By Ryan Dean
St. Louis (KSDK) - On August 5, 2010, a four vehicle accident occurs on Interstate 44 in Gray Summit, Missouri. Involved in the wreck are a truck tractor, pickup truck and two school buses from the St. James School district. Two teenagers died that day; the driver of the pickup truck and a student on one of the buses. Thirty-eight other people were injured.
The National Transportation Safety Board took 17 months to release its final report from its investigation. The NTSB concluded that the wreck likely started because of distracted driving. Investigators believe the driver of the pickup may have been texting while driving.
The school bus drivers are also faulted in the report for not being able to avoid the crash. The NTSB believes the driver of the first bus had her focus diverted from the crash in front of her, causing her to smash into the wreck. NTSB investigators say the driver of the second bus was following the lead bus too closely, causing her not to stop in time.
As a result of the accident, the NTSB recommended a non-emergency cell phone ban for all drivers, and that quickly became the story nationwide.
But buried in the report is a scathing look at bus safety in the state of Missouri, and how the agencies you look to, to protect your children, may be failing you.
The NTSB says both buses had problems with its brake systems, particularly the first bus. Investigators took pictures of a leaking master cylinder, corroded and leaking brake lines. They also found cracks in the brake pads.
Despite the problem, the report says the mechanical issues did not contribute to the accident because the driver of the lead bus didn't have time to use her brakes.
Just hours after the accident, a third St. James school bus crashed. Unlike the first wreck, authorities believe brakes are to blame in the second accident.
The accident report says the bus driver lost brakes while trying to park near Mercy Hospital in Washington, Missouri. The report says the bus hit three park cars and a garage. No students were on the bus at the time, just the driver. The police officer that responded to the accident took several pictures including a trail of brake fluid that leaked onto the pavement.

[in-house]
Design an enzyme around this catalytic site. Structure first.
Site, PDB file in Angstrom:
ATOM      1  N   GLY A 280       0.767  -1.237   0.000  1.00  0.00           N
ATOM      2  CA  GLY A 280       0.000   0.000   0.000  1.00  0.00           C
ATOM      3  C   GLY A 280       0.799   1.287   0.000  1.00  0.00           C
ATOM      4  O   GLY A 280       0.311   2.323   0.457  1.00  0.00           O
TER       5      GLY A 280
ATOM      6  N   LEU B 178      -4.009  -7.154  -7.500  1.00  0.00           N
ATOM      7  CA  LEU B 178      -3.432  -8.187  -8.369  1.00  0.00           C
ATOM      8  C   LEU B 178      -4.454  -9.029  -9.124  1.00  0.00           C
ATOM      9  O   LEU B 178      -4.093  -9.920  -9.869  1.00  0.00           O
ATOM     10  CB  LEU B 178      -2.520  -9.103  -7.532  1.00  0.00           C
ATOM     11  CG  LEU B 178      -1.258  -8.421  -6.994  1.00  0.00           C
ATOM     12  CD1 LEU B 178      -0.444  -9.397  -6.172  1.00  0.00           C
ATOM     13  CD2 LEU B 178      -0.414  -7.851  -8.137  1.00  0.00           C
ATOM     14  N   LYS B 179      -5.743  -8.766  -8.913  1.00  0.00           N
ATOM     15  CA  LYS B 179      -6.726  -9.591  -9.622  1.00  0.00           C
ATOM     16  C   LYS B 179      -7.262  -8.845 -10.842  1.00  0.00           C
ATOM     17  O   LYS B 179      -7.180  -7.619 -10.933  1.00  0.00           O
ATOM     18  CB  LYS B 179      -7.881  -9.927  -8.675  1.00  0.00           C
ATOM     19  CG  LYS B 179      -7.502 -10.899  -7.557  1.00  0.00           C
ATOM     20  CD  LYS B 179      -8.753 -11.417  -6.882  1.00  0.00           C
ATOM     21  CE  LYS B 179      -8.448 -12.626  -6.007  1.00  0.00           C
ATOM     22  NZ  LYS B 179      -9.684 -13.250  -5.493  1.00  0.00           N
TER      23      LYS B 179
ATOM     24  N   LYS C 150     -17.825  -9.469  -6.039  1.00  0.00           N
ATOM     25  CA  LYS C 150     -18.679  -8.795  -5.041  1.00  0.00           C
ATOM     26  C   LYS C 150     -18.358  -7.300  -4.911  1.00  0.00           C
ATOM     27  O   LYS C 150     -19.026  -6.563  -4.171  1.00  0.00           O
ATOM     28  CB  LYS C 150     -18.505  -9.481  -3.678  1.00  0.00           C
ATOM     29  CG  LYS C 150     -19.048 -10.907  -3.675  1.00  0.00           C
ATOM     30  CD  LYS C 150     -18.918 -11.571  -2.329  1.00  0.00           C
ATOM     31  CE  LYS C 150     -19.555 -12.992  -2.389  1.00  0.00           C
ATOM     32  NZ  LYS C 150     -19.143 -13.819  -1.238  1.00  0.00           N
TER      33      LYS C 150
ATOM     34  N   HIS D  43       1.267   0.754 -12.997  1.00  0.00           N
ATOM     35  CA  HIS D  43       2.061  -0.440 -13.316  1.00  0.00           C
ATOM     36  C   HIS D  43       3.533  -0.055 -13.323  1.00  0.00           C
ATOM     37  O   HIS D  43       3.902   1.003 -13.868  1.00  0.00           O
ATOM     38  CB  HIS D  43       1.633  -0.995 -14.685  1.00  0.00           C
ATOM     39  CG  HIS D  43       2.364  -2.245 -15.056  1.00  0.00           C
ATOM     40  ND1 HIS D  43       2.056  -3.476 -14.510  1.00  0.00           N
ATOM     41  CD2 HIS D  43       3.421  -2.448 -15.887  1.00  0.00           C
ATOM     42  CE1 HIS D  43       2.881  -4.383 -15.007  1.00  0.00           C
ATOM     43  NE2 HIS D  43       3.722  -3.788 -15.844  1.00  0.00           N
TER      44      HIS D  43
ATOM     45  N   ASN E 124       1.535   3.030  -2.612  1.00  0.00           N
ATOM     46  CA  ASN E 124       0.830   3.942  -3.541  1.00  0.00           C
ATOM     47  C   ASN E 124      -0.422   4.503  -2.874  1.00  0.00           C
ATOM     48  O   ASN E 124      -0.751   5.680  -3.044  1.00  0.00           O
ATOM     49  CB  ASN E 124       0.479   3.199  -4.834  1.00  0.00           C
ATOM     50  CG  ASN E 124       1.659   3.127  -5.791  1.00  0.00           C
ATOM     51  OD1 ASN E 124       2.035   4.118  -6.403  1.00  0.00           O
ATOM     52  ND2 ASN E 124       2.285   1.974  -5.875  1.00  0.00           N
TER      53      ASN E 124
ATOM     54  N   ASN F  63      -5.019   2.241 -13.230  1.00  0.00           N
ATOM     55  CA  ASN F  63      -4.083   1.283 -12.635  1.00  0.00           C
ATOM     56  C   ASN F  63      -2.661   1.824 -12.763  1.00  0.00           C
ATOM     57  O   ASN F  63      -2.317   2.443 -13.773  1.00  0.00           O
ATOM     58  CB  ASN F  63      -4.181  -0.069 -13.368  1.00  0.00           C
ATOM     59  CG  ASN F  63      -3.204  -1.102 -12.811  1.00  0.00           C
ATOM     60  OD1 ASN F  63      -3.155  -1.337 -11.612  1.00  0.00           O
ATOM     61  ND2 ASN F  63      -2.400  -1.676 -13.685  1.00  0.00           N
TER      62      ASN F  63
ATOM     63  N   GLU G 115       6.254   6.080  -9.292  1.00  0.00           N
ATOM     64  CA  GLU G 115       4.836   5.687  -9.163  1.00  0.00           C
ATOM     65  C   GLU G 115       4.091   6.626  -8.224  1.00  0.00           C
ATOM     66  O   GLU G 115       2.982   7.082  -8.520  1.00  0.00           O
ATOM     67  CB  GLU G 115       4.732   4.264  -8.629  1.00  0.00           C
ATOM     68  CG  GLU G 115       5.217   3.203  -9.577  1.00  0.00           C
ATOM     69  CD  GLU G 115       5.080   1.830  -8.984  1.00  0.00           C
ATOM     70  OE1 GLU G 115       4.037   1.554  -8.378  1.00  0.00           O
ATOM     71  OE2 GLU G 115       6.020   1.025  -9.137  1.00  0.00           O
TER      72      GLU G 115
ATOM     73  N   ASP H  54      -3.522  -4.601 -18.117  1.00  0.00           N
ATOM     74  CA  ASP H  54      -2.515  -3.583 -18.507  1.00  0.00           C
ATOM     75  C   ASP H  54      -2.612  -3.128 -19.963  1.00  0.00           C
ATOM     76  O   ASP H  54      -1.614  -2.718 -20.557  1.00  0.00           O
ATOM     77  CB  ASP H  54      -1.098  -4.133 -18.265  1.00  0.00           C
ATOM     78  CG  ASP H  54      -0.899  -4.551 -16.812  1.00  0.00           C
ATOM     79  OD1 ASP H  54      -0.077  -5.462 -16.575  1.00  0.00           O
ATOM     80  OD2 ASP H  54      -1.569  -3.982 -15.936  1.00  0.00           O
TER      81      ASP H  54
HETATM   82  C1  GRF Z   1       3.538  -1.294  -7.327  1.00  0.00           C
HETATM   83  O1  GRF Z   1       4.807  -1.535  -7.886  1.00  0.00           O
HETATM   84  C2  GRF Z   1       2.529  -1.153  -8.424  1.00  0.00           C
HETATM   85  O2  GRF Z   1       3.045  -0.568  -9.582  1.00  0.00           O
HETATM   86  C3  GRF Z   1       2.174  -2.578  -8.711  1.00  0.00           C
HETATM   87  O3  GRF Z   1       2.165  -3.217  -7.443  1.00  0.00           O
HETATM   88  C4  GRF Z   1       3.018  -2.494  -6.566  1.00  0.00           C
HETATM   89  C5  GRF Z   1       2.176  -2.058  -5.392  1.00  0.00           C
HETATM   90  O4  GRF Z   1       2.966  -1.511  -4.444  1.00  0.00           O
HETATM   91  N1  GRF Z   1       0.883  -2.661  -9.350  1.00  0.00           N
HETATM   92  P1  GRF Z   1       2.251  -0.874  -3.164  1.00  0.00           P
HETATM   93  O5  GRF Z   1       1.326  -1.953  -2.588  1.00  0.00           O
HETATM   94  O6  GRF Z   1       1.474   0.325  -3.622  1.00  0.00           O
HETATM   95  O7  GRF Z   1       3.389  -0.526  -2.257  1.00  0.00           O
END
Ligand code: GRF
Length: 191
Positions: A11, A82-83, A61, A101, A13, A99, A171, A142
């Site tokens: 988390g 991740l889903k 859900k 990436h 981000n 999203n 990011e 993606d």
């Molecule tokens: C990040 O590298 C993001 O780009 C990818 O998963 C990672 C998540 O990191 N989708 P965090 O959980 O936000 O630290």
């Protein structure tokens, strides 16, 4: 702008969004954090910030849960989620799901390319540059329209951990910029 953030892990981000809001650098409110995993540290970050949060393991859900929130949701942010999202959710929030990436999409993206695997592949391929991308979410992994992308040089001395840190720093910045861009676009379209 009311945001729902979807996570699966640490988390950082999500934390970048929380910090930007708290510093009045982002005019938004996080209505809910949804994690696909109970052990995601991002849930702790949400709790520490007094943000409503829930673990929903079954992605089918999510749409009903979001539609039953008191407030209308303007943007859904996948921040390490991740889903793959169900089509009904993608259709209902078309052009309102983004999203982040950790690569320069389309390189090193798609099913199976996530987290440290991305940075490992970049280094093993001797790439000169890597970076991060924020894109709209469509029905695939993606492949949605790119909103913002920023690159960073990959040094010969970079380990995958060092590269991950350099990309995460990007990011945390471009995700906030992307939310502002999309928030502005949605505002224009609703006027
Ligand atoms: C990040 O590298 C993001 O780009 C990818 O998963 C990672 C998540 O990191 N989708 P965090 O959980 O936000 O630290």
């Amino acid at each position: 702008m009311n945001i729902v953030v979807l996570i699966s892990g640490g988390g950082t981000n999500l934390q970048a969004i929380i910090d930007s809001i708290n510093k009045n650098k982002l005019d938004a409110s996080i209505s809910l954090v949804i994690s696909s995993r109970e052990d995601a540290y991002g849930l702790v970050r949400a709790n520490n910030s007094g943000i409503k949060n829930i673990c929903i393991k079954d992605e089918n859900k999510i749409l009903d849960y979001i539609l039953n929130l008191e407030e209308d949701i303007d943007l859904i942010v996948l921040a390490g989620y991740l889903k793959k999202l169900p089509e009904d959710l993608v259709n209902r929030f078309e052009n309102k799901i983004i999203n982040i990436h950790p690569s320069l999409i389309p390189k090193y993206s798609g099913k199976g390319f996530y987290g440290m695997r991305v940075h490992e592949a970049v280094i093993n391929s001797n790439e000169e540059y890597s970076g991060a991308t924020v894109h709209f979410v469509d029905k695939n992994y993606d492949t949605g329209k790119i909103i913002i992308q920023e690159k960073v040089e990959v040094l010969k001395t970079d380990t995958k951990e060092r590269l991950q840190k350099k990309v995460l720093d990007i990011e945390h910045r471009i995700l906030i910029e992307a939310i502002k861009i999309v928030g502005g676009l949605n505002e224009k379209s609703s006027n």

The NTSB report says the entire St. James bus fleet (23 buses including the ones that crashed), had been inspected just 10 days before the accidents by Ray's Tire in St. James. It was a certified facility by the State of Missouri to conduct vehicle inspections. All the buses passed with no problems found.
The NTSB says they believe the mechanical problems found on the accident buses, likely existed at the time Ray's Tire inspected the fleet.
"I don't think the Highway Patrol found them either. So If I'm guilty, they're guilty, because they also inspected them," said garage owner, Randy Ray.
If you read the NTSB report, that may be the case. The Highway Patrol oversees vehicle inspections in Missouri. It requires school buses be inspected twice a year, once by the Patrol and another time by a state certified garage.
Five months prior to the accident, NTSB says the Highway Patrol inspected St. James' buses and gave the fleet a 100 percent approval rating. Investigators feel the conditions likely had existed then and call both the Highway Patrol's and Ray's inspections inadequate.
The NTSB says soon after the mechanical problems were found by its investigators, the Highway Patrol re-inspected the fleet and its approval rating of the buses went from 100 percent to 60 percent. Five buses were pulled from the road for serious problems.
The Missouri Highway Patrol says the reason its approval rating of St. James' buses fell 40 percent in five months is likely due to time and miles both buses accumulated since the initial inspection.
"One of the buses traveled almost 2,700 miles and the other 3,200 miles," said Captain Tim Hull of the Missouri Highway Patrol.
But, the Missouri Highway Patrol admits that something could have been missed during its initial inspection, and say it's because school buses only need to meet minimum safety standards to pass inspection. The Highway Patrol says the same standards are used to inspect cars, but not as strict the standards set for commercial vehicles, such as a tractor trailer, which fall under federal guidelines.
The NTSB points out in its report that the Highway Patrol does not require an inspector to remove the back wheels of the bus if it has dual rear wheels on each side. The NTSB says most buses fall under this category. They also say many of the problems on the buses that crashed would not have been visible unless the rear wheels had been removed.
KSDK will release part two of this story Friday night.
In part two: the recommendations made by the NTSB to the State of Missouri regarding school bus safety. The Missouri Highway Patrol explains why school bus transportation is one of the safest forms there is. Lastly, reaction from Missouri State Auditor, Tom Schweich and the audit he is planning this month.